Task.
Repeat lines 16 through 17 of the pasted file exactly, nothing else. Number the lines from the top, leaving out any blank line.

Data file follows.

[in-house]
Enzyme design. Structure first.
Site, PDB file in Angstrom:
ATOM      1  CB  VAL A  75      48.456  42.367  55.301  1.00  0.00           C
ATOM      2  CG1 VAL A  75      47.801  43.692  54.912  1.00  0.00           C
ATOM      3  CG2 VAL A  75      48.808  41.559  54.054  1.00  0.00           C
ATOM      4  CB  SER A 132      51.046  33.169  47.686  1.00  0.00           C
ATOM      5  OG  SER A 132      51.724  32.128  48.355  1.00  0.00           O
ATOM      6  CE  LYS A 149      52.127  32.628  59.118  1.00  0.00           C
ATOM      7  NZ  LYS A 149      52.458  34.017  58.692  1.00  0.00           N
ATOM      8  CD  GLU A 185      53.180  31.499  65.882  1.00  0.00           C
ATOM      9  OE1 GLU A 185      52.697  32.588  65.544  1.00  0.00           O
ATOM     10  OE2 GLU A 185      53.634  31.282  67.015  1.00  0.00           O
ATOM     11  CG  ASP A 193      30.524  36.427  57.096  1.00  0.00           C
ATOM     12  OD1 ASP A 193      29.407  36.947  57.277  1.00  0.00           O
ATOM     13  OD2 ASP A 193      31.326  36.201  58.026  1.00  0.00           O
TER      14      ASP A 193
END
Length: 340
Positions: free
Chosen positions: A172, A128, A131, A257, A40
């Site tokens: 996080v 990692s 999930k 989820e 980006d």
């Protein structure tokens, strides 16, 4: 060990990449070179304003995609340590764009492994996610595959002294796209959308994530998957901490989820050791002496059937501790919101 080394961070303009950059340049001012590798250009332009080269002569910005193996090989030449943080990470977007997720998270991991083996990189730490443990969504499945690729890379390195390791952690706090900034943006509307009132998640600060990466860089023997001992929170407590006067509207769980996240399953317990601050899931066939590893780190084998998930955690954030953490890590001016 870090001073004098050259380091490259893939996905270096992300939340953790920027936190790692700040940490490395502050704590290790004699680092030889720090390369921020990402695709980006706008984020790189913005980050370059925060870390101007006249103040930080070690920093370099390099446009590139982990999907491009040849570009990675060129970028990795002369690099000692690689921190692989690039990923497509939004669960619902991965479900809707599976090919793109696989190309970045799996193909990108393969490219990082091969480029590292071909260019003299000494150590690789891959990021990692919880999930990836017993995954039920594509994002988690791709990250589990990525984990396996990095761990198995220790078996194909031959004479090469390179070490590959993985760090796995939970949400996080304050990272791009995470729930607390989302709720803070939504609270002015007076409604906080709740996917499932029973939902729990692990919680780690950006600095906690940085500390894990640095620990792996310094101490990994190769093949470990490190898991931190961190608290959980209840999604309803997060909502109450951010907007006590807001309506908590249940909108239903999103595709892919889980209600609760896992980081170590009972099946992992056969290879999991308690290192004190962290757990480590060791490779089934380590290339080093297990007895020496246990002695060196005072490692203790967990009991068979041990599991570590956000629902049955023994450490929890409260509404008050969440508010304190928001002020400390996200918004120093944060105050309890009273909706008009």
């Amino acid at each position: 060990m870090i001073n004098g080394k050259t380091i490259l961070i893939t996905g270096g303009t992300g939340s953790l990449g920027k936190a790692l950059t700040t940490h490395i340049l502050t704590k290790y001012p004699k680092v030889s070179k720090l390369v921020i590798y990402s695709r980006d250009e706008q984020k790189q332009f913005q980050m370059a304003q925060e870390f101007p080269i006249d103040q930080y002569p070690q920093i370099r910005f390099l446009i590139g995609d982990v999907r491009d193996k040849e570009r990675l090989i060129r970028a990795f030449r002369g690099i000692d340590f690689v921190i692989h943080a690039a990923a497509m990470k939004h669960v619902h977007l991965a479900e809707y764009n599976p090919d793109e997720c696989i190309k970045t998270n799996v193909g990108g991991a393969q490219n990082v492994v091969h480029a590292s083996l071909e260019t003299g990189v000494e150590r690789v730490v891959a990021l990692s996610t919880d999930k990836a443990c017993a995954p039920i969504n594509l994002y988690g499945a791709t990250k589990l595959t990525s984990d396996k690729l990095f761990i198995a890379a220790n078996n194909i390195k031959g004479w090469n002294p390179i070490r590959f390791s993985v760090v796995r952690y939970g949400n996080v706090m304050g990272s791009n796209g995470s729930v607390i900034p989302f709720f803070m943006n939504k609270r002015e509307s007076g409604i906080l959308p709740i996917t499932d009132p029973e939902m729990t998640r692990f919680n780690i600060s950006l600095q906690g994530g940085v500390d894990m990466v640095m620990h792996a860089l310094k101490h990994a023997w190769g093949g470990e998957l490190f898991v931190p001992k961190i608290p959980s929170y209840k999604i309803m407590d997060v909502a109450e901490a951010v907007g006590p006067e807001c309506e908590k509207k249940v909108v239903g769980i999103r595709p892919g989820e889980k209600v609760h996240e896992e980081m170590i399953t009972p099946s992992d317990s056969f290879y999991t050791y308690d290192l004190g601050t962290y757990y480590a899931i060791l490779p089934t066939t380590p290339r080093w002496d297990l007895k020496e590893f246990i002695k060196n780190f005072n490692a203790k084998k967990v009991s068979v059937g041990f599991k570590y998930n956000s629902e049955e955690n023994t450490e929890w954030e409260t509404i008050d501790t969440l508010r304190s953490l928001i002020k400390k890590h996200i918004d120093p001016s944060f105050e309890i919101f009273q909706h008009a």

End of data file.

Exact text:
ATOM     13  OD2 ASP A 193      31.326  36.201  58.026  1.00  0.00           O
TER      14      ASP A 193